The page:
Defined in the Criminal Code as any hurt or injury that interferes with the health or comfort of a person and is more than ‘transient and trifling’ in nature, assault causing bodily harm is a serious offence. Trifling and transient in nature refers to “a very short period of time where an injury is very minor in nature and there is a very minor degree of distress.”

The most common charges under an assault offence:

  • Assault – Criminal Code section 265 or section 266 of the Criminal Code
  • Uttering Threats – Criminal Code section 264.1
  • Assault Causing Bodily Harm – Criminal Code section 267(b)
  • Assault with a Weapon – Criminal Code section 267(a)
  • Aggravated Assault – Criminal Code section 268

The Penalties

  • Criminal record
  • Jail time of up to 10 years
  • Probation
  • Fine of up to $5000
  • Victim fine surcharge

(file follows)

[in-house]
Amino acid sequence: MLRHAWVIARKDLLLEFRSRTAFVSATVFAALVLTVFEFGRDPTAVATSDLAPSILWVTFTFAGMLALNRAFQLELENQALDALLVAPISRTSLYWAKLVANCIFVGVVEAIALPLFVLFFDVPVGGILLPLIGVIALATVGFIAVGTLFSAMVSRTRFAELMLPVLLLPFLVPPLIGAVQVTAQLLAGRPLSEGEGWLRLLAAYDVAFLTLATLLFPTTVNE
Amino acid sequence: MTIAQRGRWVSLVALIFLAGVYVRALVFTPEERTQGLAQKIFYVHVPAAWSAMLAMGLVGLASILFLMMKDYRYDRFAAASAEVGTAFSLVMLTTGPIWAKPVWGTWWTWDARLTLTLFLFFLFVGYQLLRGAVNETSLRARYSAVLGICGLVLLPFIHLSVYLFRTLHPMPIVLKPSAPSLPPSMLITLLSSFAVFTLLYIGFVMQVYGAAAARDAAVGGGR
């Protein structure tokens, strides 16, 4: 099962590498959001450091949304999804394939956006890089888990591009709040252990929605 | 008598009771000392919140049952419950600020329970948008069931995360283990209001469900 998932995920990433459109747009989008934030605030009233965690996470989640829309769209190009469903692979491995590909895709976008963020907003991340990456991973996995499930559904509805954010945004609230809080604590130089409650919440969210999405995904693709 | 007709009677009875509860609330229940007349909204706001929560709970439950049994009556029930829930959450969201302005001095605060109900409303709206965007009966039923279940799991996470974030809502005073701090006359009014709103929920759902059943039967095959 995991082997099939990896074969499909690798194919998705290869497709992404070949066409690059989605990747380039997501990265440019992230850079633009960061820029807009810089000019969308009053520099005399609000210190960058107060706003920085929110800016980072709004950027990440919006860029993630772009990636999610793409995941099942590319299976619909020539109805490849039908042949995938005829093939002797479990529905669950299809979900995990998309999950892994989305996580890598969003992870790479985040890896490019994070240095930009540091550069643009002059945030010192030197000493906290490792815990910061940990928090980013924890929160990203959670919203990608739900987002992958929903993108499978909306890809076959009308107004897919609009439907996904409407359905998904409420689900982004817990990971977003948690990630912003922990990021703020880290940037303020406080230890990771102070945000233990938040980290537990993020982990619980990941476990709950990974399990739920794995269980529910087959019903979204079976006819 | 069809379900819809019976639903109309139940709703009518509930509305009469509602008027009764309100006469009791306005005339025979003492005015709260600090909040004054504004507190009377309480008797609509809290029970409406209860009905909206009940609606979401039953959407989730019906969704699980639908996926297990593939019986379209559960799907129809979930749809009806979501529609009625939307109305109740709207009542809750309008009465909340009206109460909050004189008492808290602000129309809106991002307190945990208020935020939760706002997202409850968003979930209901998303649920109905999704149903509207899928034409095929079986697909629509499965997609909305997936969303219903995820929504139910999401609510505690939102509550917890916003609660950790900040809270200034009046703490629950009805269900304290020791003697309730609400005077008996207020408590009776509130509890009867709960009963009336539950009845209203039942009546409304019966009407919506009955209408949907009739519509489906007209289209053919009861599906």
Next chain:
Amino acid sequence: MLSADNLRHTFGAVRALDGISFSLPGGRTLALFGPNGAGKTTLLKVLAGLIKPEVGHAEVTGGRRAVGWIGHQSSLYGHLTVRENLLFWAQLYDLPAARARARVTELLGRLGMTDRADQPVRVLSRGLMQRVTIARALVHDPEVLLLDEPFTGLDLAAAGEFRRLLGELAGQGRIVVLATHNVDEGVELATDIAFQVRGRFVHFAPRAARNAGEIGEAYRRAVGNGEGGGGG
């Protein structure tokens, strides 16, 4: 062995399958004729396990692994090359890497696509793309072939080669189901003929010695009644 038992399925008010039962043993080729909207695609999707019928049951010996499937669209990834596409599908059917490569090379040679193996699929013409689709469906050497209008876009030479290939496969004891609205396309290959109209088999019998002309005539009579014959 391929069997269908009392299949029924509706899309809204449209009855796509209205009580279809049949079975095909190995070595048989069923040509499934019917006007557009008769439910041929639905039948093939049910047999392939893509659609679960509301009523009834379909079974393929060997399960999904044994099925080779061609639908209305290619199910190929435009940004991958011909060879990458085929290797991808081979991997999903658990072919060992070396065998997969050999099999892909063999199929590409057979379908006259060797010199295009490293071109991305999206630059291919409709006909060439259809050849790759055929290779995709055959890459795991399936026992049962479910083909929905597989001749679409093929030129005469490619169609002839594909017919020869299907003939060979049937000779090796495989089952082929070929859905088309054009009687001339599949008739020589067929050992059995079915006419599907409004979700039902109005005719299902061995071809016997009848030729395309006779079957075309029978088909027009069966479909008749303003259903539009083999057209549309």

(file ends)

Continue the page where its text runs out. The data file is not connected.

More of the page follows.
• Court ordered to have no contact with victim
  • May be required to complete a dangerous offender application

Common Questions

What is the difference between an assault, an assault with a weapon, an assault causing bodily harm and an aggravated assault?

The difference between an assault and an assault with a weapon is the vehicle used to deliver the force. Typically an assault, or "simple assault", is caused by the unwanted application of force from the hands, legs or feet (kicking, punching, etc.) As assault with a weapon involves the application of force with in inanimate (bat, knife, stick, etc.) object. When speaking about the difference between assault, assault causing bodily harm and aggravated assault, it is the harm suffered as a result of the application of force. To be considered an assault causing bodily harm, there must be an injury which lasts more than a short period of time, but will likely heal without lasting consequences.  Severe bruising and minor broken bones could be examples. In order for an assault to meet the definition of an aggravated assault, the injury must be much more substantial. Any sort of injury that wounds, maims, disfigures or endangers the life of another meets the definition of an aggravated assault. The degree of harm cause by an assault will dictate the type of sentence imposed if convicted.